3.       The prosecution in support of its case led ocular and medicalevidences but the trial court on a consideration of the materials adduced before it acquitted all the three accused by the judgment and order dated May 31, 1987 passed in ST No.198/1987.

4.       Against the judgment and order passed by the trial court, both the State and the informant filed an appeal and a revision respectively. During the pendency of the Government Appeal, one of the accused Yamuna Chaubey died and the appeal insofar as he was concerned abated; it was finally, heard in regard to Lallan Chaubey and Ram Vyas Chaubey. The High Court held that there was no evidence to show that Ram Vyas Chaubey shared the common intention to commit murder and, therefore, acquitted him of the charges but in regard to the appellant Lallan Chaubey, the High Court allowed the appeal, set aside the judgment of the trial court and convicted and sentenced him as noted above.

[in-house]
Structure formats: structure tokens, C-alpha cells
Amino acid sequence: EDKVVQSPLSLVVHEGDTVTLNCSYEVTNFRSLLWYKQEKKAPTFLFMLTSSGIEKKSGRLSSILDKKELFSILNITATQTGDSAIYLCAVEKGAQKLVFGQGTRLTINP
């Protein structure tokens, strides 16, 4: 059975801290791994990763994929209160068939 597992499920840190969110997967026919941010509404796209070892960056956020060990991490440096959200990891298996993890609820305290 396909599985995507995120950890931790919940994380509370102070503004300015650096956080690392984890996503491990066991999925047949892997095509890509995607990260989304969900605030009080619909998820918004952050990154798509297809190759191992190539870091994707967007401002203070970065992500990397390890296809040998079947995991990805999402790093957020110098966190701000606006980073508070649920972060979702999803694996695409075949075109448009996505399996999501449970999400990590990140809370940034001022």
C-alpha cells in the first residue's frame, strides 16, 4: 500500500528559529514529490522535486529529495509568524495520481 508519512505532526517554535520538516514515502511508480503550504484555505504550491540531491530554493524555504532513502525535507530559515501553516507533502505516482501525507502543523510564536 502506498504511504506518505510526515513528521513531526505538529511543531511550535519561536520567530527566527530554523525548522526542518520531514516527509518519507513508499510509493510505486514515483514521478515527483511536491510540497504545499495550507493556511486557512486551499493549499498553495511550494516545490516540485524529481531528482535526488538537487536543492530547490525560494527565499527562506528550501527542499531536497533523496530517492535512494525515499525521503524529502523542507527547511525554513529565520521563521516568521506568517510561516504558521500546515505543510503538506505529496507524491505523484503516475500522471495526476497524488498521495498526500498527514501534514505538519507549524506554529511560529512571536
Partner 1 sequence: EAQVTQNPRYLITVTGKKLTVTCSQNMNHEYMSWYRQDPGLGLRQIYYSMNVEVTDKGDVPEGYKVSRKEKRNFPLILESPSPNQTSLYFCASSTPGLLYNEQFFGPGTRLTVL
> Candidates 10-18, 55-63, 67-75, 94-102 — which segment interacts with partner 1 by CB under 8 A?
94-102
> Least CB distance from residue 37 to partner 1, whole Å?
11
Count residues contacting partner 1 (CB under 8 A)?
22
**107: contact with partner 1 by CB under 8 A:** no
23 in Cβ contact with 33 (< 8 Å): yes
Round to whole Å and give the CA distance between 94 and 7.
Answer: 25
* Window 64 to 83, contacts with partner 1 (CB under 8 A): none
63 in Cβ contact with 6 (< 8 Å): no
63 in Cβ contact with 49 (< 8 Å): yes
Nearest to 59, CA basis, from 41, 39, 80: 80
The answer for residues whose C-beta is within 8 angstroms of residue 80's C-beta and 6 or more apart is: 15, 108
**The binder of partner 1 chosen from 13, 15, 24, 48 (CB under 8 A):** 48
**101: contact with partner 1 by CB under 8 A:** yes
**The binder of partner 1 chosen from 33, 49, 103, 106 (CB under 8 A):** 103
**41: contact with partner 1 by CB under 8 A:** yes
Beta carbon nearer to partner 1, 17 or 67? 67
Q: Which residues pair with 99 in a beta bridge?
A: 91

5.       The High Court examined the evidence adduced by the prosecution in great detail and considered the reasons assigned by the trial court for recording the judgment of acquittal. The High Court took the view, and, in our opinion, very rightly that the trial court had rejected the consistent and otherwise highly credible evidences of the eye witnesses for reasons that were wholly untenable and the judgment of the trial court insofar as the appellant is concerned, had resulted into miscarriage of justice.

6.       The trial court had assigned mainly four reasons for not accepting the prosecution case. It took the view that the FIR was ante timed; the place where the occurrence took place was not established; there was inconsistency between the ocular evidence and the medical evidence and finally no independent witness was examined on behalf of the prosecution.